Thursday, July 10, 2008

"It's the Supremes, Stupid"

TO: All people of all political persuasions, particularly those who, at this moment in time, feel wobbly about voting for Obama.

John McCain about Justice Alito: "I supported him, I thought he was a magnificent choice, I spoke on his behalf from the floor of the Senate...I've said several times that I'd like to find clones for Justices Roberts and Alito."

"Every town hall meeting, I've said, we're going to have justices like Roberts and Alito."
- John McCain

"Let me just look you in the eye," McCain told me. I've said a thousand times on this campaign trail, I've said as often as I can, that I want to find clones of Alito and Roberts. I worked as hard as anybody to get them confirmed. I look you in the eye and tell you I've said a thousand times that I wanted Alito and Roberts. I have told anybody who will listen. I flat-out tell you I will have people as close to Roberts and Alito [as possible], and I am proud of my record of working to get them confirmed, and people who worked to get them confirmed will tell you how hard I worked."
- John McCain

Source for above quotes:

McCain and the Supreme Court
Wall St. Journal; February 4, 2008; Page A14

"The judiciary is different. On Jan. 20, 2009, six of the nine Supreme Court justices will be over 70. Most of them could be replaced by the next president, particularly if he or she is re-elected. Given the prospect of accelerating gains in modern medical technology, some of the new justices may serve for over half a century."

A look at judicial appointments by the numbers:

President (term)

Ronald Reagan


George H.W. Bush


Bill Clinton


George W. Bush


Supreme Court





Appeals courts





Trial courts





Bush has made key appointments to:

  • the U.S. Supreme Court: John Roberts, 53, and Samuel Alito, 57, are the nine justices and the youngest of the consistently conservative, and were in the Reagan administration.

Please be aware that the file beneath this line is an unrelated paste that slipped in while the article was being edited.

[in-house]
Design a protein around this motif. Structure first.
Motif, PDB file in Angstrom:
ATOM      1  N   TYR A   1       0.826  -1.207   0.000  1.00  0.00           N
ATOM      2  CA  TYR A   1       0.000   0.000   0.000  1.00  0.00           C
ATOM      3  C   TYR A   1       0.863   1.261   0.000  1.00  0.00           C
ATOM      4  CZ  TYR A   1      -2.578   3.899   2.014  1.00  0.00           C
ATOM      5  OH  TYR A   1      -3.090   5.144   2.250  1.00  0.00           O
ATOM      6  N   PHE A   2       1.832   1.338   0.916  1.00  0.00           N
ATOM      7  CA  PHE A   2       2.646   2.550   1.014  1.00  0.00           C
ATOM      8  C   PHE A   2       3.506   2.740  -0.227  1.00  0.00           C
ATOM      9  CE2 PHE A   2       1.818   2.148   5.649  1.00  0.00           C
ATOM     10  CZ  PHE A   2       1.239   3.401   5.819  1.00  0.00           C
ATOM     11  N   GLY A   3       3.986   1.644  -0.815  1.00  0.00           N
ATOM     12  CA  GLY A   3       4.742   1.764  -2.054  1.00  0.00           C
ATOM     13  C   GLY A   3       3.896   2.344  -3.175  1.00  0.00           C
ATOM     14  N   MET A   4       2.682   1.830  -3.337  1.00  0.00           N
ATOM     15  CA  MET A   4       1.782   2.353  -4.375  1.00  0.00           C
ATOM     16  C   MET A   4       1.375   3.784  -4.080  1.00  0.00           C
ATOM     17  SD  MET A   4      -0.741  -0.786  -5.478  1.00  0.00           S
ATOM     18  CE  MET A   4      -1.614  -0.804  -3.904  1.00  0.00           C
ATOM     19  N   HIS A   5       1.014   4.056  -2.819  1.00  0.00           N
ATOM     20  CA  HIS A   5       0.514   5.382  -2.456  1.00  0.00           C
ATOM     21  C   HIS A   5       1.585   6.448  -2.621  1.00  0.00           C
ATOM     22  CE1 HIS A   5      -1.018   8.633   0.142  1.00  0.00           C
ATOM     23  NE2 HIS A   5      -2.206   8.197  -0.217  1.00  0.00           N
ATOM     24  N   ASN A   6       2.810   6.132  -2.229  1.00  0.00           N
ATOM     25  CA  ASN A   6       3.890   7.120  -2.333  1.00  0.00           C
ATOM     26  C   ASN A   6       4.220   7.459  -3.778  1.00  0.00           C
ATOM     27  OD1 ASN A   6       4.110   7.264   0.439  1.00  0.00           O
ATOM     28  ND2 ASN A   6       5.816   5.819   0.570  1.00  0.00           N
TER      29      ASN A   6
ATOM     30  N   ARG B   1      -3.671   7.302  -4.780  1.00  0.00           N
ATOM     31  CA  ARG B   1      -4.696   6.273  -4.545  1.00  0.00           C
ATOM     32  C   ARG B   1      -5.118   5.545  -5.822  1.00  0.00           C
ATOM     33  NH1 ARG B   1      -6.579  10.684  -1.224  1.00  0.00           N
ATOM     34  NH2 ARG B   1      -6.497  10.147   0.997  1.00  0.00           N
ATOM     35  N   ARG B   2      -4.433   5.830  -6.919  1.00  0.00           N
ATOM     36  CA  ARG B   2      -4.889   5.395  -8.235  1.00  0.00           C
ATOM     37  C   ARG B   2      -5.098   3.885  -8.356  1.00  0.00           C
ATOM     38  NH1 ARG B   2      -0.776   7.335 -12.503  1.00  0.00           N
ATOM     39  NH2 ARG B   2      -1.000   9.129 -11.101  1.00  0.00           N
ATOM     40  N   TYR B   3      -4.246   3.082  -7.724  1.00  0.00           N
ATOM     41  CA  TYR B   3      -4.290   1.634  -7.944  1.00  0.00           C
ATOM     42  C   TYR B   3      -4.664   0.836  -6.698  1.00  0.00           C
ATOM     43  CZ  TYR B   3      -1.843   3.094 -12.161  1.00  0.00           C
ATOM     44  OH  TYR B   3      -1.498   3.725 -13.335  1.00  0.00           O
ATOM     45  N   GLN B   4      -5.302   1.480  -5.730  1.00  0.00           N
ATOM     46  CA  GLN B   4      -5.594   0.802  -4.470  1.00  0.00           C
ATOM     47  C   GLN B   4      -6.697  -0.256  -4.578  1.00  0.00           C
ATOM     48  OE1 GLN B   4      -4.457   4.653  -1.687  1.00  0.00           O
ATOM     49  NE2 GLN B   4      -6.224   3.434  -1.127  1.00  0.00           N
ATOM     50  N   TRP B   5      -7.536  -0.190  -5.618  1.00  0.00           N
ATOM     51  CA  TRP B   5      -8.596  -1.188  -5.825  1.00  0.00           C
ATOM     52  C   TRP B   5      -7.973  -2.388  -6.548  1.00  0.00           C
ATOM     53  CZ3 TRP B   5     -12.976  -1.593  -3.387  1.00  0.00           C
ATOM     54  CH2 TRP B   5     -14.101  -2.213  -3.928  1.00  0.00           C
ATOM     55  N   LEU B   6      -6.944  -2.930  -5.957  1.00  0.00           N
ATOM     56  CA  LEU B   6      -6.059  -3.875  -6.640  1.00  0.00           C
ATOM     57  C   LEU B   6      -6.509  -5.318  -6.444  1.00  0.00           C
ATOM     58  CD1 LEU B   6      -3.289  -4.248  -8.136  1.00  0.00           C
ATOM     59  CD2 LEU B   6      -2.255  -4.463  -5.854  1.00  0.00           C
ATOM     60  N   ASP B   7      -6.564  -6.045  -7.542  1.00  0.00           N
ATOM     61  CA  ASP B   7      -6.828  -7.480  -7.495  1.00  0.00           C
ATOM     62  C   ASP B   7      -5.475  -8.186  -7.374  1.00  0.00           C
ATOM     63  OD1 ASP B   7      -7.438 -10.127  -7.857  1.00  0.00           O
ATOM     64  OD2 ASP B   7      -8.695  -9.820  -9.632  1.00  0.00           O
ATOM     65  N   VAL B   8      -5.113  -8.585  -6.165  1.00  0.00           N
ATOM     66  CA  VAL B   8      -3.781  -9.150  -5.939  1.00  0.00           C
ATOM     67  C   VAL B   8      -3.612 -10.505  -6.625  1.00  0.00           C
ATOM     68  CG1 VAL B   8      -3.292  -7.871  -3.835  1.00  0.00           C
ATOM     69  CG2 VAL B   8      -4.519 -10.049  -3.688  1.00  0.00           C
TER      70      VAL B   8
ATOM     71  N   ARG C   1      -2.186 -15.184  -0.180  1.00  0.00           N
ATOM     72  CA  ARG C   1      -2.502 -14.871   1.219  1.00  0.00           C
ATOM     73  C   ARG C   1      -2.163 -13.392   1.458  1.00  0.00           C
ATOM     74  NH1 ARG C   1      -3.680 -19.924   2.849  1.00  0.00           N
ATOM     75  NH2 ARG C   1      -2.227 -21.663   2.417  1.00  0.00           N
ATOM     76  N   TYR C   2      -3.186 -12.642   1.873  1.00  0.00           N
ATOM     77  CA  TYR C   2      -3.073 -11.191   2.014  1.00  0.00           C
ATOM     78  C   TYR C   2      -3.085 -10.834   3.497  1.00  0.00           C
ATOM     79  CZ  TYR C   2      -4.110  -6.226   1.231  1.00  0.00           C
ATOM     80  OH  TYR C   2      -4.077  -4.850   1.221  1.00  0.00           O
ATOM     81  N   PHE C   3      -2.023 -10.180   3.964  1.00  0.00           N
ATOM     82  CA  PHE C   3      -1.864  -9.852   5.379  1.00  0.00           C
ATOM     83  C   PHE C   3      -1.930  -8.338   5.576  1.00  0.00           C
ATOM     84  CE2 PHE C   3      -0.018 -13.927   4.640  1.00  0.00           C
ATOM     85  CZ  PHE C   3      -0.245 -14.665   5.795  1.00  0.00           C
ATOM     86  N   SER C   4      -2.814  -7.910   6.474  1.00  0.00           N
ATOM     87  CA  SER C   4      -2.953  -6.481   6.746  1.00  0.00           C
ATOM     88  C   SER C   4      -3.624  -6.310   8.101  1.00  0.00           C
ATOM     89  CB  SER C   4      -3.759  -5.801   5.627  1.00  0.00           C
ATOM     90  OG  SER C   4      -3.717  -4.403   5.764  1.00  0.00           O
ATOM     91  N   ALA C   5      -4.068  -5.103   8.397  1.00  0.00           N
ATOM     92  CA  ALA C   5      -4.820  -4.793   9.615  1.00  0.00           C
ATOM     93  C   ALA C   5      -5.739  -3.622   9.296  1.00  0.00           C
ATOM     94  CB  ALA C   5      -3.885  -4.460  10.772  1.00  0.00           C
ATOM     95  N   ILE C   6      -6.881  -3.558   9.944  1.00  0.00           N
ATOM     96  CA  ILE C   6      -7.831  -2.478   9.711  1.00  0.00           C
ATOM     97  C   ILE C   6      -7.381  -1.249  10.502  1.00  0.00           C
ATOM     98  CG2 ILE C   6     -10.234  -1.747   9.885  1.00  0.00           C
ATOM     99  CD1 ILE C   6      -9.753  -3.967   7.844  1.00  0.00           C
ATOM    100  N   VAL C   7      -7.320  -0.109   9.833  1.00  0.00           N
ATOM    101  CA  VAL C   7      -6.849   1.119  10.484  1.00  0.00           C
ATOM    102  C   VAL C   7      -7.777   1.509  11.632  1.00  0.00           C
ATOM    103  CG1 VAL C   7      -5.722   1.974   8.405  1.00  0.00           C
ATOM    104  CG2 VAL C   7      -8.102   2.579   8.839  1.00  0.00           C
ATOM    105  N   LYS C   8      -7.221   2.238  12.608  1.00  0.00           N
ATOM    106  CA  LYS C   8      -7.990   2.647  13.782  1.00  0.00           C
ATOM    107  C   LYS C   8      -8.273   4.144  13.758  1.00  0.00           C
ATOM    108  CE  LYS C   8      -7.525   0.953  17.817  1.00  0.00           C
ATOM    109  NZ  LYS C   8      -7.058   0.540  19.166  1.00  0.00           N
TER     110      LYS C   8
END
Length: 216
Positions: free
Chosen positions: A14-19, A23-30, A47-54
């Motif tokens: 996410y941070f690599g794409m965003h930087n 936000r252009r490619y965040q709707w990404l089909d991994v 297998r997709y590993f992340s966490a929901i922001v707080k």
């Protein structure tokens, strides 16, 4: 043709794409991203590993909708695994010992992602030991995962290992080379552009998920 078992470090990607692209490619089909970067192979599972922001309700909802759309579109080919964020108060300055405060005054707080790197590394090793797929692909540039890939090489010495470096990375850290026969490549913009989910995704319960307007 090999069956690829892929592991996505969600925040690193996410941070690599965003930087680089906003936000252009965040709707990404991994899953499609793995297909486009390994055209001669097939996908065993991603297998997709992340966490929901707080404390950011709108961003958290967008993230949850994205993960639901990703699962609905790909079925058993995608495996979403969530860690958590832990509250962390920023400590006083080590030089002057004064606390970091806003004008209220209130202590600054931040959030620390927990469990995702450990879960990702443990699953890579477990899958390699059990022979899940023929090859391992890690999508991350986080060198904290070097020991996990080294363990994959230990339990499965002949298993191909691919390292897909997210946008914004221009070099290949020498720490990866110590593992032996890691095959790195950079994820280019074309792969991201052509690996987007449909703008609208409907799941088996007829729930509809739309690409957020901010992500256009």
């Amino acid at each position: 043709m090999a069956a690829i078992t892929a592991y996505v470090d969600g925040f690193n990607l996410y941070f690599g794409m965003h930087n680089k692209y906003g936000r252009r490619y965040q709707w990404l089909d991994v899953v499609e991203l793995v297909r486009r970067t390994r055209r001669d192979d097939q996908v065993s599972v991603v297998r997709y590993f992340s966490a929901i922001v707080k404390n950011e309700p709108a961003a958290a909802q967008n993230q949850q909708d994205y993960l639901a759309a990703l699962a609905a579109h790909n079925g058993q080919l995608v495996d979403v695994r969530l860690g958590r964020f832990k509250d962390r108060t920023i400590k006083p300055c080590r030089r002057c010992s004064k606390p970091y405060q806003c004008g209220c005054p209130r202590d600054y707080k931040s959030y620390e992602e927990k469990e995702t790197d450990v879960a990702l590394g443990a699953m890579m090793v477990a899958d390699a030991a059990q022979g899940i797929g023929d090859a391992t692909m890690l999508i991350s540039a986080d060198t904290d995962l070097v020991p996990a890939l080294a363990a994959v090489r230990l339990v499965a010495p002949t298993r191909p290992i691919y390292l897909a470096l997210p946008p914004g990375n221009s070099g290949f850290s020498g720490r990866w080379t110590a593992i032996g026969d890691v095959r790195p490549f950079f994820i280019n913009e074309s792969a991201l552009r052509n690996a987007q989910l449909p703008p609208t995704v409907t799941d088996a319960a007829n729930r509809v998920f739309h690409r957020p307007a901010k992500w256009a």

• the prominent U.S. Court of Appeals for the District of Columbia Circuit, regarded as a steppingstone to the Supreme Court: Janice Rogers Brown, 58; Brett Kavanaugh, 43; Thomas Griffith, 53; and, before he was elevated, Roberts. Perhaps the most controversial was Brown, who as a judge on the California Supreme Court earned a reputation as a bold advocate of property rights and an opponent of affirmative action.

1 comment:

jericho4119 said...

Howdy - saw part of a conversation on Environmentalists for Obama and I thought I would come over to this interestingly named blog.

I remain blissfully unconcerned about the potential for Obama to lose this upcoming election. Is the man a perfect candidate? Surely not and no one ever will be. But he has been very good in the selection of his opponents. McCain is supremely ill-suited for the rigors of a lengthy presidential campaign. In just the past week, his key economic advisor scolded the country for being whiners and not being able to recognize that we have never had it so good. Next, his other economic shill bragged that McCain just could not wait to resolve the insurance industry disparity of covering men but not covering women for the same act of intercourse - almost the dictionary definition of partiality. When confronted with both of these conversations McCain fumbled: first by acting as though he had never heard of Phil Gramm (when in fact, Gramm wrote the McCain economic policy) and then professing to having never heard of strange things like Viagra or birth control (despite having voted against ending this disparity several times in the Senate).

McCain is hopeless encumbered by his decades of votes in opposition to what the American people really want; this is why it is so hard for Senators to win national elections. Obama - in comparison - has no such record and thus is perfectly positioned to capitalize on the wave of change sweeping the nation.

Keep spreading the word on Obama and his campaign; ignore the daily Gallup tracking poll and watch the states polls at and then sit back and partake of your favorite repast.